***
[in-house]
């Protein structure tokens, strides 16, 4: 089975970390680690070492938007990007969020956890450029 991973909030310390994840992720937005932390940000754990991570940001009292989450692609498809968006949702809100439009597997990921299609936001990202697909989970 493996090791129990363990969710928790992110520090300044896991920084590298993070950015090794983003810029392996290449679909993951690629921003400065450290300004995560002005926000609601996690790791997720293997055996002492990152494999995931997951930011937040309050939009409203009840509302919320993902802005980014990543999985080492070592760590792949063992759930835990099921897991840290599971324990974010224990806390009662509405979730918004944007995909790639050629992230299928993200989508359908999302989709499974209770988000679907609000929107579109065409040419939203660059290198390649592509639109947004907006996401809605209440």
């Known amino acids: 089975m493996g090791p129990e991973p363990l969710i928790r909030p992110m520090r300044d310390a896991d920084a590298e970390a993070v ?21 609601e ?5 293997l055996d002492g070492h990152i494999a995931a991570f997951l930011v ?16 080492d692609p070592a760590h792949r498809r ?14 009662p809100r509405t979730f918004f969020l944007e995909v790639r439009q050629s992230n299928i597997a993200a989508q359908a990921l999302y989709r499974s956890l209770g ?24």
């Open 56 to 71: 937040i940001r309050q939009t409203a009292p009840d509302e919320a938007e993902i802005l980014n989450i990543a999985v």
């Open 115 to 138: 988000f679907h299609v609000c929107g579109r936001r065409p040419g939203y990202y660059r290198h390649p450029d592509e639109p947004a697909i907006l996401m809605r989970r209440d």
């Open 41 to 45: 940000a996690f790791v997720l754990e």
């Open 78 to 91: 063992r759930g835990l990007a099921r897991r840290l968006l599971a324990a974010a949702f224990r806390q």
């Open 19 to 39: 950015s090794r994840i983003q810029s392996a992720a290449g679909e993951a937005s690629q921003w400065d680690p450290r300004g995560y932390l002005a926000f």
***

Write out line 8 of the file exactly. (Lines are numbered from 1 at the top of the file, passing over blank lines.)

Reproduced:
């Open 19 to 39: 950015s090794r994840i983003q810029s392996a992720a290449g679909e993951a937005s690629q921003w400065d680690p450290r300004g995560y932390l002005a926000f």